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2677 Iguratimod Could Correct the Defective IL-35-Mediated Megakaryopoiesis in Immune ThrombocytopeniaClinically Relevant Abstract

Program: Oral and Poster Abstracts
Session: 501. Hematopoietic Stem and Progenitor Cells and Hematopoiesis: Basic and Translational: Poster II
Hematology Disease Topics & Pathways:
Bleeding and Clotting, Diseases, thrombocytopenias
Sunday, December 10, 2023, 6:00 PM-8:00 PM

Xuan Cai1*, Ruoyun Gui1*, Jin Wu, MD1*, Chen-Cong Wang2*, Xiaolu Zhu, MD3*, Haixia Fu, MD4*, Kai-yan Liu, MD, PhD5 and Xiaohui Zhang, MD6*

1Peking University People's Hospital, Beijing, CHN
2Peking University People's Hospital, Peking University Institute of Hematology, Beijing, China
3Peking University People’s Hospital, Beijing, China
4Peking University People’s Hospital, Peking University Institute of Hematology, Beijing, Beijing, China
5Peking University People's Hospital, Beijing, China
6Peking University Institute of Hematology, Peking University people hospital, Beijing, China


IL-35 is an inhibitory cytokine of the IL-12 family, and comprises an EBI3 subunit and a p35 subunit. Previous data indicated that serum levels of IL-35 were significantly lower in immune thrombocytopenia (ITP) patients than in healthy controls. Moreover, the concentration of plasma IL-35 in ITP patients achieving complete response returned to normal, but was not corrected in those who failed to achieve response. However, the underlying pathological function of IL-35 in impaired megakaryopoiesis in ITP remains unexplored. Our study aimed to evaluate the immunoregulatory role of IL-35 in megakaryocytes (MKs) differentiation. Iguratimod, a traditional therapy for inflammatory disorders, has been demonstrated to promote megakaryopoiesis. The effect of iguratimod on the treatment of ITP was retrospectively reviewed.


Bone marrow samples were obtained from newly-diagnosed primary ITP patients and healthy donors. CD34+ cells from ITP patients and healthy donors were differentiated into MKs with and without IL-35 to determine the mechanism of IL-35 in megakaryopoiesis. Iguratimod was added to the culture medium of MKs to determine its function in MKs differentiation. Additionally, ITP mouse model was established to further validate the function of IL-35.


In comparison with healthy controls, ITP patients showed lower bone marrow levels of IL-35. IL-35 receptor expression was progressively induced on bone marrow MKs from healthy controls during the differentiation of CD34+ progenitors. In contrast, MKs from ITP patients exhibited defective expression of the IL-35 receptor. We then determined the effect of IL-35 on the megakaryocytic potential of CD34+ progenitor cells in culture medium containing TPO. IL-35 increased the number of medium-sized and large-sized colonies, and increased the total number of CD41+ cells. In IL-35-treated MKs, higher levels of Akt phosphorylation were observed. Pretreatment with LY294002, an inhibitor of Akt phosphorylation, blocked the differentiation of MKs induced by IL-35. LY294002 inhibited proplatelet formation and aggregation of β1-tubulin in MKs stimulated by IL-35. Flow cytometry analysis revealed that platelet production decreased in the LY294002 pretreatment group. These results demonstrated that IL-35 can enhance the proliferation and differentiation of MKs through Akt pathways. The decreased level of bone marrow IL-35 may partially explain the defective megakaryopoiesis in ITP.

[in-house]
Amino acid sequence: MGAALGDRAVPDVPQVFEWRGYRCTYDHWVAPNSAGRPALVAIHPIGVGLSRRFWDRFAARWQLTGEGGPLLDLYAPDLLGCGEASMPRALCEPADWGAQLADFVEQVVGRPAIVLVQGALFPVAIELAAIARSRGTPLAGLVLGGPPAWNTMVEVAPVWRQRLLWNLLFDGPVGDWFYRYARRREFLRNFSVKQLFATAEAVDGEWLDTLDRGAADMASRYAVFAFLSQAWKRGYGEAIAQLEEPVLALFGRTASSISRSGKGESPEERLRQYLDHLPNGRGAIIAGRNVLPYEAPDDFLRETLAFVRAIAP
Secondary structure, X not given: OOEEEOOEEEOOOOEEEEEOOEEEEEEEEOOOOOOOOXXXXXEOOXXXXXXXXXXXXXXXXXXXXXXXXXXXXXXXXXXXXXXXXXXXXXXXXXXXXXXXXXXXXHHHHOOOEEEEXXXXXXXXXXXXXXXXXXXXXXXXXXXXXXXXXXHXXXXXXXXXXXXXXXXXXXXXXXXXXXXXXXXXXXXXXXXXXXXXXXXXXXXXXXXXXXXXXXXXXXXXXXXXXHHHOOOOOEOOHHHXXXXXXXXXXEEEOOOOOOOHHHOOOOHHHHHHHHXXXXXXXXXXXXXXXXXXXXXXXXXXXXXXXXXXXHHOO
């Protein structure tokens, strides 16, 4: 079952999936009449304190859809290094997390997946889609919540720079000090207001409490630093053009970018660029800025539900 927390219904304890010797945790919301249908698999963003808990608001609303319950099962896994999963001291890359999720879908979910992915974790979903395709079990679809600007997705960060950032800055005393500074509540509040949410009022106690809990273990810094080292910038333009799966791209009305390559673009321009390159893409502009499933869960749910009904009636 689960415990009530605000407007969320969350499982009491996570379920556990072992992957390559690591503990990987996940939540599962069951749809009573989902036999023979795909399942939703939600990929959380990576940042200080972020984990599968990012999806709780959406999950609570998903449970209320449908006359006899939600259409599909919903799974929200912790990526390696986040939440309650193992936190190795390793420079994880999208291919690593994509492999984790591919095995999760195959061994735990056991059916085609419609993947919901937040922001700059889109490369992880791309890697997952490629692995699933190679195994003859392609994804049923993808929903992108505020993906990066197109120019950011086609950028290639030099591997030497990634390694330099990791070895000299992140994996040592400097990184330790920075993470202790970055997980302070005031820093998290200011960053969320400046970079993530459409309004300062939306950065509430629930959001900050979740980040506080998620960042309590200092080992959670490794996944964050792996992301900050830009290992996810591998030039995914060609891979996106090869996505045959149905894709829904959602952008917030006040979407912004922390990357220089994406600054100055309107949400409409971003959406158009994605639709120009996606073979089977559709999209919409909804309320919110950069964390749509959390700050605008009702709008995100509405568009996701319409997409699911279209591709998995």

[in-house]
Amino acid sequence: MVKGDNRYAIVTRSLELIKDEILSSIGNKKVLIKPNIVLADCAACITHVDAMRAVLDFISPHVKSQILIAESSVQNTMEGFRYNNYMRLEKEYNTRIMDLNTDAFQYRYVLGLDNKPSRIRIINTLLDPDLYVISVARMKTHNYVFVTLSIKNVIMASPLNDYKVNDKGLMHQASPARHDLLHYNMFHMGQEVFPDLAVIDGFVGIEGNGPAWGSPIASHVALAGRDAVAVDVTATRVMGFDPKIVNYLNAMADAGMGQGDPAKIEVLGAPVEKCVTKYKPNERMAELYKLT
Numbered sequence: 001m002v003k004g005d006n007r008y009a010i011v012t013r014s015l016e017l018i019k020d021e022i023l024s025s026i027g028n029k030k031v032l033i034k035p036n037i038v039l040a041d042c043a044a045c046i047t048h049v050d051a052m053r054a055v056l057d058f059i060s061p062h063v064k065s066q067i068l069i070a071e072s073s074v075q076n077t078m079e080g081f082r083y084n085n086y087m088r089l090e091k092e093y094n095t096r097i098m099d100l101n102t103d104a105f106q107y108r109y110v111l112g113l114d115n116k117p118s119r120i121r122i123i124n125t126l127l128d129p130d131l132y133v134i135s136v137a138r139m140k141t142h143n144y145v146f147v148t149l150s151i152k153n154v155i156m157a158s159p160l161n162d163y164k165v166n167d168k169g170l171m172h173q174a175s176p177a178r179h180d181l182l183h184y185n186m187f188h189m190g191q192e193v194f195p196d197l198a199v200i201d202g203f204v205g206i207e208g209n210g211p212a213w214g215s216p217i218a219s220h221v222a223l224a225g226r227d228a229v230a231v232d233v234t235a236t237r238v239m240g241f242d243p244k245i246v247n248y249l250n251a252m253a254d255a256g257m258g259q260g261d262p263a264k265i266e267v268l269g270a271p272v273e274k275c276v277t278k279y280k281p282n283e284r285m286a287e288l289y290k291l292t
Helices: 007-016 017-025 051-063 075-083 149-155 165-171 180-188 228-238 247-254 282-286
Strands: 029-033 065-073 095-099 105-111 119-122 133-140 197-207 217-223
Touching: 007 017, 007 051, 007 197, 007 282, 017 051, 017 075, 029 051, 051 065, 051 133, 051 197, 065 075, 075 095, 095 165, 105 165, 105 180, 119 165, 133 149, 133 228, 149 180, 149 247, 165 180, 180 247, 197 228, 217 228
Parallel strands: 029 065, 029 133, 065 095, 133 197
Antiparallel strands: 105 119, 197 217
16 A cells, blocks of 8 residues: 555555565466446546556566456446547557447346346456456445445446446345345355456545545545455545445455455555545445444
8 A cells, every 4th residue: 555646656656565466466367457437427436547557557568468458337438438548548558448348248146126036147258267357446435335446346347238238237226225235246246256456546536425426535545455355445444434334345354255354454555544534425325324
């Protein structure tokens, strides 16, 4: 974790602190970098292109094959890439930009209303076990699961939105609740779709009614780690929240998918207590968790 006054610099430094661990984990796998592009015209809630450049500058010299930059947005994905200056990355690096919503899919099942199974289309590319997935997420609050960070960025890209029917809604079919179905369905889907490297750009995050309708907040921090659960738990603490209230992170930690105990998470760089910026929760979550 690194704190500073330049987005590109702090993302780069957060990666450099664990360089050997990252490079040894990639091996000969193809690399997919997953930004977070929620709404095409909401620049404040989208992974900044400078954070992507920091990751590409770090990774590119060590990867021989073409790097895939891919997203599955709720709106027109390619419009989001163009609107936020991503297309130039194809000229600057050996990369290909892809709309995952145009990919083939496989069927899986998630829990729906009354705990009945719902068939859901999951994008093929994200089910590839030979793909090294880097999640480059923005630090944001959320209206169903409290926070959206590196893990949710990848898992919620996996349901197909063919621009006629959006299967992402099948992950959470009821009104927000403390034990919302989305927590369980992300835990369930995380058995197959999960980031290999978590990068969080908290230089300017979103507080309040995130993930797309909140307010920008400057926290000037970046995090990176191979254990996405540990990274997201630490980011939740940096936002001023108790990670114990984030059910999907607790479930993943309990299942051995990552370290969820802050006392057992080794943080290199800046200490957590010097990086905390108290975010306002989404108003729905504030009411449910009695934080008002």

We then explored the potential causes of the decreased IL-35 levels in ITP. Flow cytometry analysis showed that the percentage of bone marrow iTr35 cells, the primary sources of IL-35, was significantly lower in ITP patients. Furthermore, we cocultured CD4+ T cells with MSCs from healthy controls and ITP patients, respectively. The percentage of iTr35 cells was lower when cultured with ITP-MSCs. These results showed that ITP-MSCs exhibited an impaired capability of inducing iTr35 cells, which might contribute to the reduced level of bone marrow IL-35 in ITP patients.

We further investigated the effects of iguratimod on the differentiation of CD34+ progenitors into MKs. When CD34+ cells were cultured with TPO alone, the addition of iguratimod upregulated the expression of IL-35 receptors on MKs from ITP patients and a murine model of this disease, and consequently promoted the formation of MK colonies. In the retrospective study of iguratimod, a total of 68 adult patients with corticosteroid-resistant primary ITP were included. Initial response was achieved in 42/68 (62%) patients, and complete response was achieved in 25/68 (37%) patients. In patients who achieved initial response, the median time to response was 28 days. Sustained response at 6 months was seen in 35/68 (51%). Bleeding symptoms were reduced from 37/68 (54%) patients at baseline to 14/68 (21%) patients at 6 months. Most adverse events were mild (grade 1-2), and there were no grade 4 or worse adverse events in our patients. The most common adverse events were elevated ALT, gastrointestinal disorders, and nausea.


ITP-MSCs exhibited an impaired capability of inducing iTr35 cells, which contributed to the reduced level of bone marrow IL-35 in ITP. IL-35 promoted MKs differentiation through the Akt pathway. Iguratimod promoted megakaryopoiesis by inducing the expression of IL-35 receptors on MKs. Iguratimod had good efficacy and safety in the treatment of ITP.

Disclosures: No relevant conflicts of interest to declare.

*signifies non-member of ASH